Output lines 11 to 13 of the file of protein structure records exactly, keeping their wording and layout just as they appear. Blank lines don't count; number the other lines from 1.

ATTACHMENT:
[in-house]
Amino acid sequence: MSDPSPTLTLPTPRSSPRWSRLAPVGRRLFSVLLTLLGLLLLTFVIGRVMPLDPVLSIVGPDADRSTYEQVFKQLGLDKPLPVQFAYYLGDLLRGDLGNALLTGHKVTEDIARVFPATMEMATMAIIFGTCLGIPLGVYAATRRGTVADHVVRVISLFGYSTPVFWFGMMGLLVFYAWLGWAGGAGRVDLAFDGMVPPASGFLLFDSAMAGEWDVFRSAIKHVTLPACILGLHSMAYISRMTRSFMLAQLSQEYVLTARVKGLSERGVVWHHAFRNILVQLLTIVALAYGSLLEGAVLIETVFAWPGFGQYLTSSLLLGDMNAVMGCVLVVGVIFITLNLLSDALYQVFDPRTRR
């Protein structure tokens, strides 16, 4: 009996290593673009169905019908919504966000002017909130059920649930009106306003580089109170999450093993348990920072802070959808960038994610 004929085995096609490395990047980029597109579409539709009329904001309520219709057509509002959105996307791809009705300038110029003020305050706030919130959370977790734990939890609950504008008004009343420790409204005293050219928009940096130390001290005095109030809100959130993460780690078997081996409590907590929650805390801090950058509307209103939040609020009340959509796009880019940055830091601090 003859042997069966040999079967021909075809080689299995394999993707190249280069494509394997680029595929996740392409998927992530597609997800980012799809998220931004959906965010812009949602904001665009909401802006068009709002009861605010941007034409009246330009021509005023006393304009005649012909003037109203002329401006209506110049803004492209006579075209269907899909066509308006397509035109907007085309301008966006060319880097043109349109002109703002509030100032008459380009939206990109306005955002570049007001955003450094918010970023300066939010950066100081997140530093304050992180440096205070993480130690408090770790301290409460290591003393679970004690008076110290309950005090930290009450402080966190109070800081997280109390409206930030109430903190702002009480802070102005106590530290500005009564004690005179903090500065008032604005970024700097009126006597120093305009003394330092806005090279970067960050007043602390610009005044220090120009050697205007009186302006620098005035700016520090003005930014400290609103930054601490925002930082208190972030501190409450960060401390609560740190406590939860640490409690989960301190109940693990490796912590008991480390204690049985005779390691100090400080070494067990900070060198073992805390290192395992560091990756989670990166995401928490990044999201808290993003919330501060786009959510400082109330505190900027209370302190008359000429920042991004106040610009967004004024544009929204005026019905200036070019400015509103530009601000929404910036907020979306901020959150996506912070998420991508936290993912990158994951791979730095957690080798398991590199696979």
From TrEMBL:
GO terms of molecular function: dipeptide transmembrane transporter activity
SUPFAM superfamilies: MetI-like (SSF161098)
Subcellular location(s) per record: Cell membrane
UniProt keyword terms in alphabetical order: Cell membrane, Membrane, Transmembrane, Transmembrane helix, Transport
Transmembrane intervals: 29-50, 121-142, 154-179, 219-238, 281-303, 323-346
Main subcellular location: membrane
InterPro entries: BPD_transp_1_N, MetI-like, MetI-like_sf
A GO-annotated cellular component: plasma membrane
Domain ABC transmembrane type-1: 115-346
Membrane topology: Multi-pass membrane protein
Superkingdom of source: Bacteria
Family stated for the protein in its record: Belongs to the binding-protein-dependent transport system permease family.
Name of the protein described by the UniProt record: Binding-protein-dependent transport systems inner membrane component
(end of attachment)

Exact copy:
InterPro entries: BPD_transp_1_N, MetI-like, MetI-like_sf
A GO-annotated cellular component: plasma membrane
Domain ABC transmembrane type-1: 115-346